ECPAT International is a global network of 121 child rights organisations across more than 100 countries. Since the 1990s, ECPAT has worked to end all forms of sexual exploitation of children; through prostitution; trafficking; child, early and forced marriage, online and in the context of travel and tourism. The ECPAT International Secretariat is based in Bangkok, Thailand, and advocates for stronger legal protection of children; raise awareness about the issue; partners with the private sector to prevent their services from being misused to harm children; conducts research to better understand the crime, and create space for children to access their rights.
Learn more about ECPAT International’s role here.
Understanding the Threat
The Disrupting Harm project is being led by INTERPOL’s Crimes Against Children Unit, which works to identify and rescue young victims of sexual abuse; block access to child sexual abuse material; and prevent sex offenders from travelling abroad to escape justice or abuse children. In this project, INTERPOL will use its expertise and networks to better understand how technology facilitates the sexual abuse and exploitation of children. Their assessment will be built on data from law enforcement agencies, NGOs and the digital and online industry. INTERPOL will also conduct a needs analysis of the capacity of law enforcement agencies to counter online child sexual exploitation and abuse in each country.
INTERPOL is the International Criminal Police Organization. As an inter-governmental organization, its role is to assist law enforcement agencies across its 194 member countries to combat all forms of transnational crime. The Organization maintains global databases containing police information on criminals and crime, and provides operational and forensic support, analysis services and training.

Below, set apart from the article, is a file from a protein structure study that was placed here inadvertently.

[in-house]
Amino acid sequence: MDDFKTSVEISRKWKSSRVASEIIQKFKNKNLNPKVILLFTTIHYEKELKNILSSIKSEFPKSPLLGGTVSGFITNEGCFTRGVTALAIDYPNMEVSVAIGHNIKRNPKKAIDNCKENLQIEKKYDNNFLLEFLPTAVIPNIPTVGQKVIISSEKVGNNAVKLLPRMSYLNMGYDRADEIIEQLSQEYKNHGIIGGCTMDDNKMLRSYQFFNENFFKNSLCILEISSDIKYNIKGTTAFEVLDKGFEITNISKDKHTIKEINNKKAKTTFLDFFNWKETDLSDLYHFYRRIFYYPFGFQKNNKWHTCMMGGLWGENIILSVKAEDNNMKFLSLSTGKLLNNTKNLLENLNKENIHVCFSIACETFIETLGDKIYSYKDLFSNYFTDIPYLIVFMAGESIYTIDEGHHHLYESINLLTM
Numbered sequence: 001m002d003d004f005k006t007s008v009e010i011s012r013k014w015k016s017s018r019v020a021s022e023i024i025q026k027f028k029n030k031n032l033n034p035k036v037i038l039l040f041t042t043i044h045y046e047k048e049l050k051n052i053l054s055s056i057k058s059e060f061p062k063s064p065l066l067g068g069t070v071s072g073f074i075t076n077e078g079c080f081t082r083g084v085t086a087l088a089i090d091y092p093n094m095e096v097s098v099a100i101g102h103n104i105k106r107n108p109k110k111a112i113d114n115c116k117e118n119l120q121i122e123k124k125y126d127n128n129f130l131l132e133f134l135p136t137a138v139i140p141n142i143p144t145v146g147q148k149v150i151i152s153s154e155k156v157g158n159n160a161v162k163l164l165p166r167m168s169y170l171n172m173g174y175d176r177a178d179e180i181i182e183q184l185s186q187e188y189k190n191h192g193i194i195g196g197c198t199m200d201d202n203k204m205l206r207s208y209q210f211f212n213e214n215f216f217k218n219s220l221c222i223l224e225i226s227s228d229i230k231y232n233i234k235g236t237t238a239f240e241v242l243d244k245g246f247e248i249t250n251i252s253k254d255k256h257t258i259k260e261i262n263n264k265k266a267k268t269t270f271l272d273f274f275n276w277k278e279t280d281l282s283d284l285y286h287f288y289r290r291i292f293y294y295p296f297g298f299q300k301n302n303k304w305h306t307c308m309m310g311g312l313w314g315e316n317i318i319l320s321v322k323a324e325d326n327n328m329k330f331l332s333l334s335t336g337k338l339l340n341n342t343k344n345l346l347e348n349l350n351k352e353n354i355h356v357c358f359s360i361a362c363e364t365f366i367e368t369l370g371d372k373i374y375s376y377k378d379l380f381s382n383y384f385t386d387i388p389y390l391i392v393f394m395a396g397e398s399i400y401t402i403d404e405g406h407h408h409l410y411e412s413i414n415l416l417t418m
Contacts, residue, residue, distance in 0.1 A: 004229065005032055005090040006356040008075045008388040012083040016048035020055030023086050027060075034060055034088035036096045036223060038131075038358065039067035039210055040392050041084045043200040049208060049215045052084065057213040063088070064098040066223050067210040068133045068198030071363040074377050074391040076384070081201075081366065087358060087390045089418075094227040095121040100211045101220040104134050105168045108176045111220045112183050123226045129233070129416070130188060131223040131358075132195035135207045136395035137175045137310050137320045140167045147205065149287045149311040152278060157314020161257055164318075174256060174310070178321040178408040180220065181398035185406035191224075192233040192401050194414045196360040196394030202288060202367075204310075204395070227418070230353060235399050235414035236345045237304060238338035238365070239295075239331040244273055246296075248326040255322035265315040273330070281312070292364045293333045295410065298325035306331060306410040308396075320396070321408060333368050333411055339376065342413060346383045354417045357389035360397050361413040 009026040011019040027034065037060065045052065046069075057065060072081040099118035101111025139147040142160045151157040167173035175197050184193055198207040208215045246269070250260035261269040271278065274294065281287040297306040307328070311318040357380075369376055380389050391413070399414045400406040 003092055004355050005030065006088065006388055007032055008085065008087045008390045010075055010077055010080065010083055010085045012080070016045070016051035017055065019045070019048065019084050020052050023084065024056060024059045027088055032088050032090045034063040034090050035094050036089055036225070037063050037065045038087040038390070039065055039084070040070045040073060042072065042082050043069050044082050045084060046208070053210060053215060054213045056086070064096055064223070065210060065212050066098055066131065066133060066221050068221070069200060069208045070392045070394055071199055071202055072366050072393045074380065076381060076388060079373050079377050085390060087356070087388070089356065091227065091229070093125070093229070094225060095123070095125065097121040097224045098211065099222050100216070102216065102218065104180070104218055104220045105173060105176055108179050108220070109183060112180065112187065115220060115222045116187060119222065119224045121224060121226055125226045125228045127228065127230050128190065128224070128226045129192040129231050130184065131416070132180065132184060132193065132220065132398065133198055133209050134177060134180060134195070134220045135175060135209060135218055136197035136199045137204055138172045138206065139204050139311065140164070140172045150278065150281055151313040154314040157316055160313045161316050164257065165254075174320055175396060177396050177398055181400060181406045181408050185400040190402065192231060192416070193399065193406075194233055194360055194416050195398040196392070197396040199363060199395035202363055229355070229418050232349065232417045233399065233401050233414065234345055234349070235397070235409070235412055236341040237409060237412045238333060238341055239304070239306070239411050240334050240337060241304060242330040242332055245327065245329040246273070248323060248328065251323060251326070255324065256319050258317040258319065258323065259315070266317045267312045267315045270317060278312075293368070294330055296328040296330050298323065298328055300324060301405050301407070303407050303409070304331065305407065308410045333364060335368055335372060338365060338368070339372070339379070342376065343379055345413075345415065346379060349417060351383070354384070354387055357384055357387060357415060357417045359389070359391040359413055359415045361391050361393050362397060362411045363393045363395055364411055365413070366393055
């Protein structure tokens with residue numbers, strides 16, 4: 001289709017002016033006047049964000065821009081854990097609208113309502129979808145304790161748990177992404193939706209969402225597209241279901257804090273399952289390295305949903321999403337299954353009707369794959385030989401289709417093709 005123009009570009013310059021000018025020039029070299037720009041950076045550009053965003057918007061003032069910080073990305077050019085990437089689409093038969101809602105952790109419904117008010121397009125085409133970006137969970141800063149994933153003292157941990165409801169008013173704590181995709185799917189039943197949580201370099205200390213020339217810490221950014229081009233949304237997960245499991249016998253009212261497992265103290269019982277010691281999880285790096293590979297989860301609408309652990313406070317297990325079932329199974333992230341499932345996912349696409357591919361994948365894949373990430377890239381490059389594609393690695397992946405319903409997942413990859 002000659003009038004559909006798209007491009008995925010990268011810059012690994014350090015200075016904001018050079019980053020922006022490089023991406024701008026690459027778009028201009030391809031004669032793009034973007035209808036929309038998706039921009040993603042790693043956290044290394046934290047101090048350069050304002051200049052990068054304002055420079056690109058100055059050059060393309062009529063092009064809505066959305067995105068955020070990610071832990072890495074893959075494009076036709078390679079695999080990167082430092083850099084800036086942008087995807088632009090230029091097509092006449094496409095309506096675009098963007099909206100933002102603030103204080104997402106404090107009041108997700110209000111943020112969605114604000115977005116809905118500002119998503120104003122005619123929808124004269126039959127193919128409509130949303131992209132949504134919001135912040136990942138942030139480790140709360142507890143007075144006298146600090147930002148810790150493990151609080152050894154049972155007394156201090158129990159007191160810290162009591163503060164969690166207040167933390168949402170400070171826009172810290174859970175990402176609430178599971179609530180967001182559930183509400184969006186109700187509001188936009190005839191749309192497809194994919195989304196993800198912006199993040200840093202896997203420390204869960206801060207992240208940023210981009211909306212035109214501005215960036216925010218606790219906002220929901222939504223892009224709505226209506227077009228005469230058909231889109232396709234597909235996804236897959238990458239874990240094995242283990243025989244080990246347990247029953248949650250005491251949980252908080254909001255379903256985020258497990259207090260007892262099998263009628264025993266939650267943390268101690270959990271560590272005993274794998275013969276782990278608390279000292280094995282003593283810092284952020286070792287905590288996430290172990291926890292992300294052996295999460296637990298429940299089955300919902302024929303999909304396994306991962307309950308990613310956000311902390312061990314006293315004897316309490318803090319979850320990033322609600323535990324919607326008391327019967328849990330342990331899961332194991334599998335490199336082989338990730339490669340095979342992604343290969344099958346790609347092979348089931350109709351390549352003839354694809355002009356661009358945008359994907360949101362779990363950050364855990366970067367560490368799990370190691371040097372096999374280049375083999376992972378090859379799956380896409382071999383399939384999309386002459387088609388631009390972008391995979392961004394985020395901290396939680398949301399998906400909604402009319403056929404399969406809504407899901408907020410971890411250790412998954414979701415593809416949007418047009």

Learn more about INTERPOL’s role in preventing crimes against children here.
Understanding Children’s Perspectives
UNICEF Office of Research – Innocenti will seek to better understand the perspectives of children through nationally representative household surveys from 1,000 children and 1,000 caretakers in each project country. By speaking to children directly, UNICEF aims to gain deeper understanding of children’s experiences of online violence within the larger context of their general internet use.
The Office of Research – Innocenti is UNICEF’s dedicated research centre. The Office works closely with UNICEF and other external academic and research institutions to undertake cutting-edge, policy-relevant research that equips the organisation and the wider global community to deliver results for children. As part of UNICEF, the Office works with national offices and governments in more than 150 countries around the world.
Learn more about UNICEF Office of Research – Innocenti’s role here.